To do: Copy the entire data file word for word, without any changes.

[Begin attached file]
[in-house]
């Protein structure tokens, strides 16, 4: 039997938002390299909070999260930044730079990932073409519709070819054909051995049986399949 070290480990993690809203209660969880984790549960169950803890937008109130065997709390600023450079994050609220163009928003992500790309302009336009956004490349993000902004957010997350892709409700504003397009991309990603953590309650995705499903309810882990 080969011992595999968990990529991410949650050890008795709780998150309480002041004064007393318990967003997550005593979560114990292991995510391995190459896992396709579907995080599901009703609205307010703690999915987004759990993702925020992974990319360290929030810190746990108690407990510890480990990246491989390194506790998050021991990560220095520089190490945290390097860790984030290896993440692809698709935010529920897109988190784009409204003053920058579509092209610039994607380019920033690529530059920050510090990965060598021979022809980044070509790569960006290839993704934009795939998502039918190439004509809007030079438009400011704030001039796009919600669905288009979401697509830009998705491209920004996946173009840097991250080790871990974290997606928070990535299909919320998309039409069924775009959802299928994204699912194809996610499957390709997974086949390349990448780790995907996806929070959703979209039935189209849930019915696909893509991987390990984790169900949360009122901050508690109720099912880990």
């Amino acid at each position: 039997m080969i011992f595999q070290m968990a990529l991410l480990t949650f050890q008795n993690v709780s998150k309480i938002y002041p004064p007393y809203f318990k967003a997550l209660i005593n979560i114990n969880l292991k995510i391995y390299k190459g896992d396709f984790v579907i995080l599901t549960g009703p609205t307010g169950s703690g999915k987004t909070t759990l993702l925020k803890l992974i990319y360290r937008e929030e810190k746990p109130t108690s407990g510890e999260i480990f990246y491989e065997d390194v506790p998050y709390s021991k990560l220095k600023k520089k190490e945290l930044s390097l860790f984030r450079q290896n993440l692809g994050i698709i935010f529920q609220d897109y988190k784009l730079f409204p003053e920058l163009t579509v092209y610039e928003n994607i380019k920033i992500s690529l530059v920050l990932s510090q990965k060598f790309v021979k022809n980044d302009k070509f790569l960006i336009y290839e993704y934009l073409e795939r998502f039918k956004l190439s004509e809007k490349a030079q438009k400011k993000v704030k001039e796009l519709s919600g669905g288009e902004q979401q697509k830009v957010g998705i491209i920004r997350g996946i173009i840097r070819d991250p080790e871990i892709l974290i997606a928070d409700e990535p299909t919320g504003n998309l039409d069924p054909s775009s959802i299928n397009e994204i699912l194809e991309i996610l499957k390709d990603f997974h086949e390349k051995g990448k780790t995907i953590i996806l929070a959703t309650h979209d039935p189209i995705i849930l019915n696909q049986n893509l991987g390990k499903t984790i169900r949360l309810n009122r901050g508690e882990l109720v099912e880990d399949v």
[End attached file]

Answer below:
[in-house]
């Protein structure tokens, strides 16, 4: 039997938002390299909070999260930044730079990932073409519709070819054909051995049986399949 070290480990993690809203209660969880984790549960169950803890937008109130065997709390600023450079994050609220163009928003992500790309302009336009956004490349993000902004957010997350892709409700504003397009991309990603953590309650995705499903309810882990 080969011992595999968990990529991410949650050890008795709780998150309480002041004064007393318990967003997550005593979560114990292991995510391995190459896992396709579907995080599901009703609205307010703690999915987004759990993702925020992974990319360290929030810190746990108690407990510890480990990246491989390194506790998050021991990560220095520089190490945290390097860790984030290896993440692809698709935010529920897109988190784009409204003053920058579509092209610039994607380019920033690529530059920050510090990965060598021979022809980044070509790569960006290839993704934009795939998502039918190439004509809007030079438009400011704030001039796009919600669905288009979401697509830009998705491209920004996946173009840097991250080790871990974290997606928070990535299909919320998309039409069924775009959802299928994204699912194809996610499957390709997974086949390349990448780790995907996806929070959703979209039935189209849930019915696909893509991987390990984790169900949360009122901050508690109720099912880990």
């Amino acid at each position: 039997m080969i011992f595999q070290m968990a990529l991410l480990t949650f050890q008795n993690v709780s998150k309480i938002y002041p004064p007393y809203f318990k967003a997550l209660i005593n979560i114990n969880l292991k995510i391995y390299k190459g896992d396709f984790v579907i995080l599901t549960g009703p609205t307010g169950s703690g999915k987004t909070t759990l993702l925020k803890l992974i990319y360290r937008e929030e810190k746990p109130t108690s407990g510890e999260i480990f990246y491989e065997d390194v506790p998050y709390s021991k990560l220095k600023k520089k190490e945290l930044s390097l860790f984030r450079q290896n993440l692809g994050i698709i935010f529920q609220d897109y988190k784009l730079f409204p003053e920058l163009t579509v092209y610039e928003n994607i380019k920033i992500s690529l530059v920050l990932s510090q990965k060598f790309v021979k022809n980044d302009k070509f790569l960006i336009y290839e993704y934009l073409e795939r998502f039918k956004l190439s004509e809007k490349a030079q438009k400011k993000v704030k001039e796009l519709s919600g669905g288009e902004q979401q697509k830009v957010g998705i491209i920004r997350g996946i173009i840097r070819d991250p080790e871990i892709l974290i997606a928070d409700e990535p299909t919320g504003n998309l039409d069924p054909s775009s959802i299928n397009e994204i699912l194809e991309i996610l499957k390709d990603f997974h086949e390349k051995g990448k780790t995907i953590i996806l929070a959703t309650h979209d039935p189209i995705i849930l019915n696909q049986n893509l991987g390990k499903t984790i169900r949360l309810n009122r901050g508690e882990l109720v099912e880990d399949v």